Indian jails overflowing with prisoners (Comment: Special to IANS
The annual report of the National Crime Records Bureau (NCRB) says that the average overcrowding rate in Indian prisons is 14 per cent. What the report does not reveal is that 149 jails in the country are overcrowded by more than 100 per cent and that eight are overcrowded by margins of a staggering 500 per cent.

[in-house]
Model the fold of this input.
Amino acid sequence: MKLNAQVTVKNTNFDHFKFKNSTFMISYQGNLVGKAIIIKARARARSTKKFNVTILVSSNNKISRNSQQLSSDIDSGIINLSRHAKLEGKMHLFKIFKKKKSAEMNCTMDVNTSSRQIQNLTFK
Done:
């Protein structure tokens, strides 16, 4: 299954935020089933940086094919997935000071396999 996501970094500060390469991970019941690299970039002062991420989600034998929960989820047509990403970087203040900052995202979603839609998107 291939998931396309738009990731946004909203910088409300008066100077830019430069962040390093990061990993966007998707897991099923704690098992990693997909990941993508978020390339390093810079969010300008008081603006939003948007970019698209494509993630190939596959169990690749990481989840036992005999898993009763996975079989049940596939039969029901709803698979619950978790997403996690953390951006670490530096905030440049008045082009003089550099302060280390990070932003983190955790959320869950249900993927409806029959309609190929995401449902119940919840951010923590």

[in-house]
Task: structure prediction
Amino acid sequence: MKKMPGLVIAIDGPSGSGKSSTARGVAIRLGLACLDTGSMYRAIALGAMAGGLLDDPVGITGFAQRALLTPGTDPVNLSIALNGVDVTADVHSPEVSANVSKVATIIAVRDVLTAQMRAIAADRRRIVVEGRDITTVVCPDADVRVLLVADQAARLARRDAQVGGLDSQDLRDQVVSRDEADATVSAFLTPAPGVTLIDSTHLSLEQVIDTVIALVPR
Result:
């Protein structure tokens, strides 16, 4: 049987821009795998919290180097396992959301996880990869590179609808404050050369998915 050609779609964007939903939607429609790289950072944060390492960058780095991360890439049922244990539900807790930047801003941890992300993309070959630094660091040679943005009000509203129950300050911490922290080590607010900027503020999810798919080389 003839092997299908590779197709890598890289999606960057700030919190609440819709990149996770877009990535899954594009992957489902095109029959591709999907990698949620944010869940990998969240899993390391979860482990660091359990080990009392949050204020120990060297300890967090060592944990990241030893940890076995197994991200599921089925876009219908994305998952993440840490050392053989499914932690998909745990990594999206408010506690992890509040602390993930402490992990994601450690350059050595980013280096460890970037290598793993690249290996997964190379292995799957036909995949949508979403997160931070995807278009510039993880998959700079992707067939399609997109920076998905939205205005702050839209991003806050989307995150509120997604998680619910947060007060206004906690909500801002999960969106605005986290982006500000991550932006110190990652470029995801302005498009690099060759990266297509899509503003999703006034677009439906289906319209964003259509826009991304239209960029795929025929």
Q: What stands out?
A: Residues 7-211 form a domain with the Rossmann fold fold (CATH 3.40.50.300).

These alarming statistics were revealed in the Centre's reply in response to a question in the Lok Sabha on August 8. It also brought into focus the horrendous levels in Satyamangalam sub-jail in Erode district of Tamil Nadu where 200 prisoners are "stuffed" in a space meant for 16 people. The overcrowding rate actually oversimplifies an understanding of the problem. What this statistic fails to capture is the feeling of being stuck in a dark, dingy enclosed area where privacy is non-existent, where threats of bodily violations constantly loom, where money and power determines the floor space you get to stretch your legs, where the entry of "more guests" implies the quality and quantity of food and sanitation would further suffer. Prisoners in India are usually housed together in mega dormitories, where inmates are kept in close proximity with little regard for dignity and basic living conditions. This is a far cry from the UN's Standard Minimum Rules for the Treatment of Prisoners, which suggest that prison accommodation shall be mindful of "minimum floor space, lighting, heating and ventilation".